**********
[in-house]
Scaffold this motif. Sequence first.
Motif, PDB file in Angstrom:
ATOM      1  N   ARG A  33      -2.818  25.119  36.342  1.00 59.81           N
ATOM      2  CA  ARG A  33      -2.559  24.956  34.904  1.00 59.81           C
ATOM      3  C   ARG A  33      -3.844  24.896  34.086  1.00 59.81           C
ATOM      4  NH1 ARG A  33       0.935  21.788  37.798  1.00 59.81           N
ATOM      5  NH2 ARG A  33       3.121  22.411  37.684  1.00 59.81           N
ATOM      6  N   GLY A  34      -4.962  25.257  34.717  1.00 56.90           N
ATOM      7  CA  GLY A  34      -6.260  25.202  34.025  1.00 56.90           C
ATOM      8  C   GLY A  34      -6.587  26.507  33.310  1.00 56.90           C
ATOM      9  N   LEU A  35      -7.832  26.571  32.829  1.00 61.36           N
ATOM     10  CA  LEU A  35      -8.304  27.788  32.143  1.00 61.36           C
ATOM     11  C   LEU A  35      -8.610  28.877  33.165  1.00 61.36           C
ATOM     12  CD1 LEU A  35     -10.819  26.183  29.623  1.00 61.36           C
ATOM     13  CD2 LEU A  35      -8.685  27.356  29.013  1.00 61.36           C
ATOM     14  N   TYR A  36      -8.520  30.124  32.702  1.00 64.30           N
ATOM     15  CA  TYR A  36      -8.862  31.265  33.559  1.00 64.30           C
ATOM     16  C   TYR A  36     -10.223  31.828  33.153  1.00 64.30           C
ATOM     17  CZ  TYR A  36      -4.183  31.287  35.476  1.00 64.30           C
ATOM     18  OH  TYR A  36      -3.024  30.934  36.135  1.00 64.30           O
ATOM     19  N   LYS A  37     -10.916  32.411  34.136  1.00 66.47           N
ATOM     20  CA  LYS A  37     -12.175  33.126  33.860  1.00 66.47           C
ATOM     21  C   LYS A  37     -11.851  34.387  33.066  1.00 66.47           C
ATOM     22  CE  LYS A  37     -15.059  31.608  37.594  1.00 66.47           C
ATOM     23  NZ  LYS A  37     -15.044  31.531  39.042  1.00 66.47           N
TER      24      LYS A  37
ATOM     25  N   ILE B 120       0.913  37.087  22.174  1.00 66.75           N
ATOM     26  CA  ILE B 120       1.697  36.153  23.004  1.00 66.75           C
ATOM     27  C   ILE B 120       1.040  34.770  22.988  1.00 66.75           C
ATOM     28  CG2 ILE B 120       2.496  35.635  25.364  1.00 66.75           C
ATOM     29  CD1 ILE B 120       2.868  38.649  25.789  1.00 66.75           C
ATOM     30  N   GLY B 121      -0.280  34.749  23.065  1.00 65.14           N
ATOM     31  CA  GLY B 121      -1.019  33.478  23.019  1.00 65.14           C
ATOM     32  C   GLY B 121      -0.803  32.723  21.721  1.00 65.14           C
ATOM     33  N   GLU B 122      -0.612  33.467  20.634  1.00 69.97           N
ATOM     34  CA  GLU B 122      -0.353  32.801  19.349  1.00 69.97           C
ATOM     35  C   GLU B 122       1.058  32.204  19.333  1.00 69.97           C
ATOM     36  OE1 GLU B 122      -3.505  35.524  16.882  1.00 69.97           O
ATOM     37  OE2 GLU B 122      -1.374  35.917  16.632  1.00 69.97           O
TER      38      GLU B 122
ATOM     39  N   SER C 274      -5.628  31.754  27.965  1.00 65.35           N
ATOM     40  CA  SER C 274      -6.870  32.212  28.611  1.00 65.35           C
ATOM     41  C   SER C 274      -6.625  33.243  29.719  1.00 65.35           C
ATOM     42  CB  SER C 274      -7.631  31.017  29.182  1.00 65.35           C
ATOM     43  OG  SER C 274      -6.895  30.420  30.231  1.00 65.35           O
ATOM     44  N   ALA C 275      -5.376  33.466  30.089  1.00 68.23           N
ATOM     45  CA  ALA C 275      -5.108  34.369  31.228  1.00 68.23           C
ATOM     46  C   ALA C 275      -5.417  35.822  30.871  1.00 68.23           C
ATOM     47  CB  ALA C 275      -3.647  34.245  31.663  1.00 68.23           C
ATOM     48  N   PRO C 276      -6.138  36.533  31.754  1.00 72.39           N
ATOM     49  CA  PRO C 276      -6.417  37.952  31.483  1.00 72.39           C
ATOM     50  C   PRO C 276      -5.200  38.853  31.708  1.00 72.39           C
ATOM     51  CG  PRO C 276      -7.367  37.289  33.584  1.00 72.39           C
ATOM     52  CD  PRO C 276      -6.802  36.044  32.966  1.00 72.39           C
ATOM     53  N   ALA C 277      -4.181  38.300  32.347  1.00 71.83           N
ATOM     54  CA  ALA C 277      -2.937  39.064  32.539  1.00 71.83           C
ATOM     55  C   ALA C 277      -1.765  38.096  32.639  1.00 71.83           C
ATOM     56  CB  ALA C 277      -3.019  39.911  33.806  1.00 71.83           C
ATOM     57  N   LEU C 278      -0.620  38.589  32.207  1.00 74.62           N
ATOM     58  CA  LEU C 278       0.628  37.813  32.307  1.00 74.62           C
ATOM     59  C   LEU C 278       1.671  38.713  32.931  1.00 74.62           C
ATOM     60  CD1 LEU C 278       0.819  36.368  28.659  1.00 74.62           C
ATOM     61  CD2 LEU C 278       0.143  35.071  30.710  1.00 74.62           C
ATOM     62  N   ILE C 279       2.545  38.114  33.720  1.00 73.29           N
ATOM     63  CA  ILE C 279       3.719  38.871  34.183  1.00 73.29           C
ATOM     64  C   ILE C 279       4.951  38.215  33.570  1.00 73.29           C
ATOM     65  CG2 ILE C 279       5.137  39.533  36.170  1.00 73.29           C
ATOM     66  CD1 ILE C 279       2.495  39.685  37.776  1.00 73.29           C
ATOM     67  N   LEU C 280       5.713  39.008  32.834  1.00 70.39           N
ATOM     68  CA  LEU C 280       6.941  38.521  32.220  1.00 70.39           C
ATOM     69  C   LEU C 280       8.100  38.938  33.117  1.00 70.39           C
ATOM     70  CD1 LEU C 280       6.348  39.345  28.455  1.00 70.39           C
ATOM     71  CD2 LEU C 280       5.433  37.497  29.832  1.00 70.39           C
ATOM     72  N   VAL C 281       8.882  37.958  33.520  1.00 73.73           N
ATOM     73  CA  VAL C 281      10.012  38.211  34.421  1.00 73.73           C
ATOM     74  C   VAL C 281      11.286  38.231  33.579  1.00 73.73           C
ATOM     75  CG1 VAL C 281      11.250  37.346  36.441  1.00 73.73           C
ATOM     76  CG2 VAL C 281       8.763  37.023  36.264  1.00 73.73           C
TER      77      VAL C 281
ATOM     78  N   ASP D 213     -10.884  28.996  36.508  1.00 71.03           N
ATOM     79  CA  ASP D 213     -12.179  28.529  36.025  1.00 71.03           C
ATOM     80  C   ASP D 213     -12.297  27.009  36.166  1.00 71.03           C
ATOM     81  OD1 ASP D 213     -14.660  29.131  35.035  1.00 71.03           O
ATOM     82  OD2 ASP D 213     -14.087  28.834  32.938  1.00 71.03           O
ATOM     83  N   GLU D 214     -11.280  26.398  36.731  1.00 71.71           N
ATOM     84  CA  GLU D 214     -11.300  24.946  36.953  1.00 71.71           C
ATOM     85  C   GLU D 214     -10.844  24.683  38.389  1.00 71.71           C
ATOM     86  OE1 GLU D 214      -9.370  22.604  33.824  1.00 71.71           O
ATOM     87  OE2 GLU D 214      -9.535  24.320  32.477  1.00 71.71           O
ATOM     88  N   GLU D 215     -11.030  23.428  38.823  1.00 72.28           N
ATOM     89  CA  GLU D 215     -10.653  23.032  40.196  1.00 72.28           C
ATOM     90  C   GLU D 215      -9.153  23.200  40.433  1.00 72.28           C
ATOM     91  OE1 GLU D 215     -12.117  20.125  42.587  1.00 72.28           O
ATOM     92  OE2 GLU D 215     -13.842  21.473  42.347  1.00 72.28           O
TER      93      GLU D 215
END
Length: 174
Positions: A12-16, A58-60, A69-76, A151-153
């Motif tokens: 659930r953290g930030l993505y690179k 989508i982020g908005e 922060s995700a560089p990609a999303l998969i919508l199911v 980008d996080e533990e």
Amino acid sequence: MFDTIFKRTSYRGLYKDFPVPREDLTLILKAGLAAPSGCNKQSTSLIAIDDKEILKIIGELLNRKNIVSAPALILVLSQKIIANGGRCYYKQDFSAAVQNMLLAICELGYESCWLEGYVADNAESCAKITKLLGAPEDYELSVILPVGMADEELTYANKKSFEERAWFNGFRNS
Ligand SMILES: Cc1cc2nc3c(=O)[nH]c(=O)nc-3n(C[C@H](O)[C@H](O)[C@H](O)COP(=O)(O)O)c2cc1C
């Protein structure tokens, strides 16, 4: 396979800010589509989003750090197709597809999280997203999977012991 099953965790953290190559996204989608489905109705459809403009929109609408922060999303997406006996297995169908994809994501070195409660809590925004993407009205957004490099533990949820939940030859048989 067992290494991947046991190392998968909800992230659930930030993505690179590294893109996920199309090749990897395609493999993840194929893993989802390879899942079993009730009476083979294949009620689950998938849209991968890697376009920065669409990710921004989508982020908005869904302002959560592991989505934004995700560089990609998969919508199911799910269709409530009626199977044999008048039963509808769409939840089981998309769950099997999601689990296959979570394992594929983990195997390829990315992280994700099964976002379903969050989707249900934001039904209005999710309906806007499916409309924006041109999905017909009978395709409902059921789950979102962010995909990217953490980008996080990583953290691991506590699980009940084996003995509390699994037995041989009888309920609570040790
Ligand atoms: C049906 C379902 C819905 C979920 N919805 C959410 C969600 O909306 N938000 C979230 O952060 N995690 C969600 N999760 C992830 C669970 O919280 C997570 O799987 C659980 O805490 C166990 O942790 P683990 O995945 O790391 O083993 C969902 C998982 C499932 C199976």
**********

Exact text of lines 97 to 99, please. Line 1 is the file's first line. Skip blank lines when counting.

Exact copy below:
END
Length: 174
Positions: A12-16, A58-60, A69-76, A151-153